Eric is a Missional Specialist with Leadership Network and is co-author of The Externally Focused Church, The Externally Focused Life, The Externally Focused Quest (March 2010) , and To Transform a City (August 2010), and numerous articles on churches that are transforming their communities. Eric has been married to his wife Liz for over 35 years, has three married children, five grandchildren and resides outside of Boulder, Colorado.
If someone came to you and said they were thinking of writing a book, what advice would you give them?
“I’d say “Great!” I think the best books come from having a message inside you that just has to get out. As Michelangelo could see the figure of a man or a horse inside a block of marble that was trying to get out, the best books just beg to be written. Sometimes the message comes from research, or life experience, or insight but something inside you nudges you enough to tell you, “A lot more people would benefit if they knew this.” For those who write fiction, they tap into our primal need for stories, for which the world has an insatiable appetite. Now that’s not to say that the book will be a bestseller or even sell a thousand books, but if you have a story to tell…a book is a great place to start.”
Name a person who has had a tremendous impact on you as a leader. Why and how did this person impact your life?
“John Bruce is the first person that comes to mind. I became a Christ-follower at Cal Berkeley and was discipled by John. John had a tremendous love for Christ and for the Word of God and all who hung out with him just picked up the same loves—the caught, not taught thing. During my senior year John dragged me into most every fraternity and into many athletic teams where we did “team meetings.” I’d share my testimony and John would give a gospel presentation and ask men to give their lives to Christ…and many did. Though incredibly gifted, John was about making others shine…giving other people lift. John now pastors Creekside Community Church in San Leandro, CA.”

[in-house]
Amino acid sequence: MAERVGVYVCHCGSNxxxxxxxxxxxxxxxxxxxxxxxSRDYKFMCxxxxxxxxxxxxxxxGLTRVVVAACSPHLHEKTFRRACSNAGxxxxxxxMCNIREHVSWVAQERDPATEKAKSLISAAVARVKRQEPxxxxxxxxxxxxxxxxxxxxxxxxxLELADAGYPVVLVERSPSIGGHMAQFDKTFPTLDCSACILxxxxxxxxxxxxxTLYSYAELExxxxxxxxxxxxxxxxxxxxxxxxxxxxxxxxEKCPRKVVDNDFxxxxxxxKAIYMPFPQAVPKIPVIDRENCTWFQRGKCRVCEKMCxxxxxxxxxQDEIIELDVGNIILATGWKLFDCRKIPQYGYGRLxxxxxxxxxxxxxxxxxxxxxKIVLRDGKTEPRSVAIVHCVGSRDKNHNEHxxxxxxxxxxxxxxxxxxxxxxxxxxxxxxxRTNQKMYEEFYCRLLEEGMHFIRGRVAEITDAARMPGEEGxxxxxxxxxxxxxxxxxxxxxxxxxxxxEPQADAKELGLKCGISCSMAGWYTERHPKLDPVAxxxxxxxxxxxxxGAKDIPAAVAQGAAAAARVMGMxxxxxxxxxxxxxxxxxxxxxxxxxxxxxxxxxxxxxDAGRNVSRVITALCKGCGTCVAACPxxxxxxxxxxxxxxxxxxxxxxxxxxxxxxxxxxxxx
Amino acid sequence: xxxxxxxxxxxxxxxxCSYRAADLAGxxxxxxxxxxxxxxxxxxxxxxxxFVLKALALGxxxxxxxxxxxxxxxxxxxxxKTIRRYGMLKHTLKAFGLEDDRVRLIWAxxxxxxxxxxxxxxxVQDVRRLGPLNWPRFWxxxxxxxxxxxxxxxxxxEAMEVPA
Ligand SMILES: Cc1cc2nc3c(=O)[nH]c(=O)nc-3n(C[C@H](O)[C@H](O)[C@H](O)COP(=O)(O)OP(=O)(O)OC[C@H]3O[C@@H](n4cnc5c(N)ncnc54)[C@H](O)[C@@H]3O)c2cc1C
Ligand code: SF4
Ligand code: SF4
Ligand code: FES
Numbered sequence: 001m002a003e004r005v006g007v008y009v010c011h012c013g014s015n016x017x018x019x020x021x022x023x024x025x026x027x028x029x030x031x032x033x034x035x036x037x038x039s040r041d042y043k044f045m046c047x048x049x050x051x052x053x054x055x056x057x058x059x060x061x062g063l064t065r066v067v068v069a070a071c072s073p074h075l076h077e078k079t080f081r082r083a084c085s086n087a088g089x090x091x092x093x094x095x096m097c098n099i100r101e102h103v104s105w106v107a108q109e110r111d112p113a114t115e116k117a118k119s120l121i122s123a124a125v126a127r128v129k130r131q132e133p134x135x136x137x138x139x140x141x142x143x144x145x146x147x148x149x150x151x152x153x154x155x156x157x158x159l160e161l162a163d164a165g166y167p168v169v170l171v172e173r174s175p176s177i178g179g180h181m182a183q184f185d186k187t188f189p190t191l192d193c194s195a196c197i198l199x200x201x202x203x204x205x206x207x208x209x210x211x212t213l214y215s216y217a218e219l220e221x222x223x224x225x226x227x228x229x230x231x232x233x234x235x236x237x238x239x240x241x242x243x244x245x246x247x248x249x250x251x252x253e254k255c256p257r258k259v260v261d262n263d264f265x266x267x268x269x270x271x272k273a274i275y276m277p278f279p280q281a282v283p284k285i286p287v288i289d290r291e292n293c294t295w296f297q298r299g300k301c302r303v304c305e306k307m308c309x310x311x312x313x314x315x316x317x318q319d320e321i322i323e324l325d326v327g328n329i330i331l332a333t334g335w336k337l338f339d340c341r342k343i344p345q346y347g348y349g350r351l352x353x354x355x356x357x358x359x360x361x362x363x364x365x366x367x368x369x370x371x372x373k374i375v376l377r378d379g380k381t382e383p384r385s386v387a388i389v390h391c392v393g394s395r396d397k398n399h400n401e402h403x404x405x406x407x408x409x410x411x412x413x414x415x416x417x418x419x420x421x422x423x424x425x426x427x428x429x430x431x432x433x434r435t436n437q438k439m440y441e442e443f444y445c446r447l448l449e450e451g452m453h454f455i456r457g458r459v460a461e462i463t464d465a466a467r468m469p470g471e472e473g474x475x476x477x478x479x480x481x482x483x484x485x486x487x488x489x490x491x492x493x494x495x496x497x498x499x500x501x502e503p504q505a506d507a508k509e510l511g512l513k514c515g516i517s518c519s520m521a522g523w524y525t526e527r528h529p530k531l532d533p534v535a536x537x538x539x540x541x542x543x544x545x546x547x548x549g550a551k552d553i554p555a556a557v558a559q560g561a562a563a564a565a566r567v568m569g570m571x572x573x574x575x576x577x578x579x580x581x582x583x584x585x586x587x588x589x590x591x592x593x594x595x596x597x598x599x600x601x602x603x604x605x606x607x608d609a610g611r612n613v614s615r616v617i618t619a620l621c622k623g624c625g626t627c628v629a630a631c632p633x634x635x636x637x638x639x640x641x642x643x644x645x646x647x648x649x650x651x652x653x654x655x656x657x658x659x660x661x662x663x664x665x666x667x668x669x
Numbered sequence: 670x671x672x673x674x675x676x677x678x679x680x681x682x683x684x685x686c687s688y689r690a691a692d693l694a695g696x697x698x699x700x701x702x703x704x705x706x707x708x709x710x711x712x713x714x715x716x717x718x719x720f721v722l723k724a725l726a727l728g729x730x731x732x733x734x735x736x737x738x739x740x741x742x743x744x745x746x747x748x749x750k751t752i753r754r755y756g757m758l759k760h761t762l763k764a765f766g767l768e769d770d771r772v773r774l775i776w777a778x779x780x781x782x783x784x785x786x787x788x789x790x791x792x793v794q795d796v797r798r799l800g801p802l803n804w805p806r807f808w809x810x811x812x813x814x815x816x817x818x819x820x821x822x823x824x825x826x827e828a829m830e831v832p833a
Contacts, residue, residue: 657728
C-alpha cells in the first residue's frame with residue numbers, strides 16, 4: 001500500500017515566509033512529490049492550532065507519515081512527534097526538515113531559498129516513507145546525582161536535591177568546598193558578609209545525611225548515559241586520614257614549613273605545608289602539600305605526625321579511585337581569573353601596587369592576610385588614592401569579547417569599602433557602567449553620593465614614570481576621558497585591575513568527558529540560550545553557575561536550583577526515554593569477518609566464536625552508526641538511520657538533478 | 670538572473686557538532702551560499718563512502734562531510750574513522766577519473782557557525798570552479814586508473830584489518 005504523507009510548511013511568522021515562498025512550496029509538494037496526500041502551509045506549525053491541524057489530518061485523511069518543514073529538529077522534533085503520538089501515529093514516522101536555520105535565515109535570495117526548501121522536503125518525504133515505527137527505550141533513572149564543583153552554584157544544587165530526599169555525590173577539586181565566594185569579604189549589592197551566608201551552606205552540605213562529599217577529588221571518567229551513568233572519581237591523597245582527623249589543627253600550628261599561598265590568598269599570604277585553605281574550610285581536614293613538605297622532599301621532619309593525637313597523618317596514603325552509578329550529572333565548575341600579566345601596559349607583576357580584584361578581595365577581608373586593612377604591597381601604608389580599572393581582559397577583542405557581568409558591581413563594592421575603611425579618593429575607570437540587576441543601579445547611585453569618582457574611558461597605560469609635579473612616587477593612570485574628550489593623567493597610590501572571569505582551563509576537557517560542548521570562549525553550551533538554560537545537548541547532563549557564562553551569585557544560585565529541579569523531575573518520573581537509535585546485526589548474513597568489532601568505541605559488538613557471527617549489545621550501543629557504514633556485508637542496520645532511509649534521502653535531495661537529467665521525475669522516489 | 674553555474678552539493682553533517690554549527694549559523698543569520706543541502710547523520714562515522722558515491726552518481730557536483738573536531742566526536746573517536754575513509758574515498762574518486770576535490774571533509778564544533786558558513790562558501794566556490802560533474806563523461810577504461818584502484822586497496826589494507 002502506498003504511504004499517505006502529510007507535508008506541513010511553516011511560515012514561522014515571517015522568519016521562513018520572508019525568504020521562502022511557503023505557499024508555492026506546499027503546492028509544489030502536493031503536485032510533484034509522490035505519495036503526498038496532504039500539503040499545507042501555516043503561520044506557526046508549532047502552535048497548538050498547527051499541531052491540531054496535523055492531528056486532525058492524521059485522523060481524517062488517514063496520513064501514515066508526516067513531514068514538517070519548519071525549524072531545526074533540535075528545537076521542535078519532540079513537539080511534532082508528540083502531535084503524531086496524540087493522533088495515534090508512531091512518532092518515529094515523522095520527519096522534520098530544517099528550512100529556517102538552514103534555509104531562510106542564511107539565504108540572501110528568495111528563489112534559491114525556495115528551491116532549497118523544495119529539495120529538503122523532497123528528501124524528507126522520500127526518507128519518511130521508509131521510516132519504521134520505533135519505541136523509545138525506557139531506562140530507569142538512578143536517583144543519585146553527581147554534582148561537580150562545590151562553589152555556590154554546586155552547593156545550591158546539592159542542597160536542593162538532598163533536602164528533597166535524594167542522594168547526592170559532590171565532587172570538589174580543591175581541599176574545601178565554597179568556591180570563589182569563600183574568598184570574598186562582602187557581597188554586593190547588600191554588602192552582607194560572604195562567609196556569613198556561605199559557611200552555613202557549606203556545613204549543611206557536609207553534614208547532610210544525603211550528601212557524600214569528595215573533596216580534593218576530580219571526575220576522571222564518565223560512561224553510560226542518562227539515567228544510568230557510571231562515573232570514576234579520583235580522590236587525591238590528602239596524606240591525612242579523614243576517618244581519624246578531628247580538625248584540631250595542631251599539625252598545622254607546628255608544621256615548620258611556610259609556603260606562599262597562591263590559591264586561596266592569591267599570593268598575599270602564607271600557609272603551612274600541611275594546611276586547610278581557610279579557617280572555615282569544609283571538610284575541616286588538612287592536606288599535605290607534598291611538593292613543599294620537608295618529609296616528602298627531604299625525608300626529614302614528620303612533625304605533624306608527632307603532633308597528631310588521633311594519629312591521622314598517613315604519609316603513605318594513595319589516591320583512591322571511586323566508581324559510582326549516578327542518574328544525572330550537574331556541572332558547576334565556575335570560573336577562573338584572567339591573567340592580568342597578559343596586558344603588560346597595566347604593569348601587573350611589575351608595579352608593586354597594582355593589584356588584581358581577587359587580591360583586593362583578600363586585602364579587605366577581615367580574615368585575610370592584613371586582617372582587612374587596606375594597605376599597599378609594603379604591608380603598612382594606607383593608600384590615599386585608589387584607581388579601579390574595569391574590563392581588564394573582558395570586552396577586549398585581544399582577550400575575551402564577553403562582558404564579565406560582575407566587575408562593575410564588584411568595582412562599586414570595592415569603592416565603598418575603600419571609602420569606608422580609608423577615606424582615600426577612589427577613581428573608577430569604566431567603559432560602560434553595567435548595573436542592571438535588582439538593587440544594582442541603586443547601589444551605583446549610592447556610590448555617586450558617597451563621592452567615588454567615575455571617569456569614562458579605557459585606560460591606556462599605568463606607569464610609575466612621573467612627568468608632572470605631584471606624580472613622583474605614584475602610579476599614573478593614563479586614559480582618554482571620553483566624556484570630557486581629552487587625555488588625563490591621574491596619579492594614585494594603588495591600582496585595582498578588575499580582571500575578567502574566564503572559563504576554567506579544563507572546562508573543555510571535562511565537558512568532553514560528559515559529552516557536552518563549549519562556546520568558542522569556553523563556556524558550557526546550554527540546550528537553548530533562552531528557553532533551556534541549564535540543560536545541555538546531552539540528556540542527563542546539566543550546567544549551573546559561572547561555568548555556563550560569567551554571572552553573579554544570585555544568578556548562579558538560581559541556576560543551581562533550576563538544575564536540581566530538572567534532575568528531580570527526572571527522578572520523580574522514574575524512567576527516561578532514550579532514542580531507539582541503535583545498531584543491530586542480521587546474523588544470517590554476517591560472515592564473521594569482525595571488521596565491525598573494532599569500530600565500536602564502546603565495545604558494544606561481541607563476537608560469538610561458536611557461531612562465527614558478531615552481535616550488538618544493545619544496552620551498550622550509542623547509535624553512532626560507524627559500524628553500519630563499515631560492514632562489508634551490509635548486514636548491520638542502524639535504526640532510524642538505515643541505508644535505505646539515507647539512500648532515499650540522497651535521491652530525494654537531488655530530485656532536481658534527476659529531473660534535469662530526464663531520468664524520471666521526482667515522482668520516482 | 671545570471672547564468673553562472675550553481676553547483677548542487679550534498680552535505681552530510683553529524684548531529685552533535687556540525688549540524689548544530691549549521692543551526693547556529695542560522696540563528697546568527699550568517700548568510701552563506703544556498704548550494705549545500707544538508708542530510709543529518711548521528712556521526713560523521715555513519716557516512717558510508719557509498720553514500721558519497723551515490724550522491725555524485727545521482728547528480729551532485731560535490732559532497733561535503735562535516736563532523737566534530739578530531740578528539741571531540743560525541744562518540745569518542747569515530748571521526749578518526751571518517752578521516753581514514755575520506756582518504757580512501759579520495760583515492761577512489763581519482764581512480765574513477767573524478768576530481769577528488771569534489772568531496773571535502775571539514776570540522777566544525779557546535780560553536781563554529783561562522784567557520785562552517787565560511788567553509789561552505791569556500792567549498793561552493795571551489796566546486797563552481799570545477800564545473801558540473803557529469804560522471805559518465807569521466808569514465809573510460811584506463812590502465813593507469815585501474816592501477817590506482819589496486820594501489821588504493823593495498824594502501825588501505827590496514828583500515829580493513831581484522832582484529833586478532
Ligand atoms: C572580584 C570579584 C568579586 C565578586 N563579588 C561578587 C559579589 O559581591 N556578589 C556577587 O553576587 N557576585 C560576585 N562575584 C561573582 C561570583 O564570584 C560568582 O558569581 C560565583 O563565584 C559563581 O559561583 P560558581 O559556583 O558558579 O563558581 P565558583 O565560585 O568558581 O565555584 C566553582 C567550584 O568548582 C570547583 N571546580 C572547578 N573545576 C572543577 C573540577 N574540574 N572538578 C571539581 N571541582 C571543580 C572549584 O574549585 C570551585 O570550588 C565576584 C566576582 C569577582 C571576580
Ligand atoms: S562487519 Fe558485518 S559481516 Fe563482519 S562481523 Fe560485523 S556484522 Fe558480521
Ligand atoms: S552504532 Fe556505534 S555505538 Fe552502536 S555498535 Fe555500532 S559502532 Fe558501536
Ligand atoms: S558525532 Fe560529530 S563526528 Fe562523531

Explain the impact, if any, that technology (including social media, the Internet, digital publishing, etc) has made on your organization or you personally.
“My thoughts lately have been influenced by Neil Postman’s work in the 80’s. He says that every technology carries with it a program for social change. So the alphabet took us from an aural culture to a visual culture, the printing press created a “public;” the telegraph moved the speed of communication from 35 mph to almost the speed of light with the telegraph. TV shaped us. Twitter shaped us. I ask myself, “What message does my iPhone carry with it?” That I can access anything I want at any time of day without having to interact with another human being. It tells me that I never have to be bored or have an idle moment—that there is always an alternative to what is going on in my world about me.”
What are you doing to ensure you continue to grow and develop as an author?
“I try to engage with interesting people and with interesting ideas outside the religion domain. In 2012 I watched 365 TED videos, went to the Game Designers Conference in San Francisco, hosted gatherings for young techies at our house…went to museums. I’m not sure if there is another book inside of me but if and when there is, it will scream to be written.”
When you hear from your readers, what do they want to know?
“Most of the time they want to know where cities are being transformed and churches are engaging their communities with good news and good deeds.”